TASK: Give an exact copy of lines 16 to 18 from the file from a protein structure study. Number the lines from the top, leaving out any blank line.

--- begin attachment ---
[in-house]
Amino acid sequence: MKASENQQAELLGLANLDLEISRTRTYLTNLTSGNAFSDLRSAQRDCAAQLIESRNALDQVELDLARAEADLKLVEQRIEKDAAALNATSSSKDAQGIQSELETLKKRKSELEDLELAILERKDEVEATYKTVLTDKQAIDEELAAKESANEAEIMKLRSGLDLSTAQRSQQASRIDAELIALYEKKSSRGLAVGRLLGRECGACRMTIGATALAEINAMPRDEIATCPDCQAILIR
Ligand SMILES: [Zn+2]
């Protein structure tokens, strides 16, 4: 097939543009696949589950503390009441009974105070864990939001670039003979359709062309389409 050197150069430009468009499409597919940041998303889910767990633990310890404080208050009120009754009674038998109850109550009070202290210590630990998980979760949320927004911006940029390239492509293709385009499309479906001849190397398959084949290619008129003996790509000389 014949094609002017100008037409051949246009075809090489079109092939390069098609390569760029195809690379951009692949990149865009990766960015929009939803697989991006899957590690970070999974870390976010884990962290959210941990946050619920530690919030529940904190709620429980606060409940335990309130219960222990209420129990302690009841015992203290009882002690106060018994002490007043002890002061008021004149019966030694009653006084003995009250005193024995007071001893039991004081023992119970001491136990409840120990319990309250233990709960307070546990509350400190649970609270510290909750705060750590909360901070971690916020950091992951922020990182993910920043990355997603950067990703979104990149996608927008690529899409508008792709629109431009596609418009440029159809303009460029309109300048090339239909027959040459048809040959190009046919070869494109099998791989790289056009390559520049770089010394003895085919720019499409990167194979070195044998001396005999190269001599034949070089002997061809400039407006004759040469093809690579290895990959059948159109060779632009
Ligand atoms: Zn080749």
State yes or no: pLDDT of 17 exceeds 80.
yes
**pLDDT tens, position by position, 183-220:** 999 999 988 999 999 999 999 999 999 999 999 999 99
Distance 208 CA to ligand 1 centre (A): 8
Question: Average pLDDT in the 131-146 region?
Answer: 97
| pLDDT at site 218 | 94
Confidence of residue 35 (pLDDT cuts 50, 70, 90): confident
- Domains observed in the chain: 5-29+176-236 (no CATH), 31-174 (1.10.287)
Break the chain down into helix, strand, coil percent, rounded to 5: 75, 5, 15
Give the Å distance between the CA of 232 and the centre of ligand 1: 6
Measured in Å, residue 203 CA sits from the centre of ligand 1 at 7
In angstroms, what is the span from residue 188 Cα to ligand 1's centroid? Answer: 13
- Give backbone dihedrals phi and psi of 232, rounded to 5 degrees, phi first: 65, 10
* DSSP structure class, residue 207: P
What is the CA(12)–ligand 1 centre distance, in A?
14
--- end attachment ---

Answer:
Give the Å distance between the CA of 232 and the centre of ligand 1: 6
Measured in Å, residue 203 CA sits from the centre of ligand 1 at 7
In angstroms, what is the span from residue 188 Cα to ligand 1's centroid? Answer: 13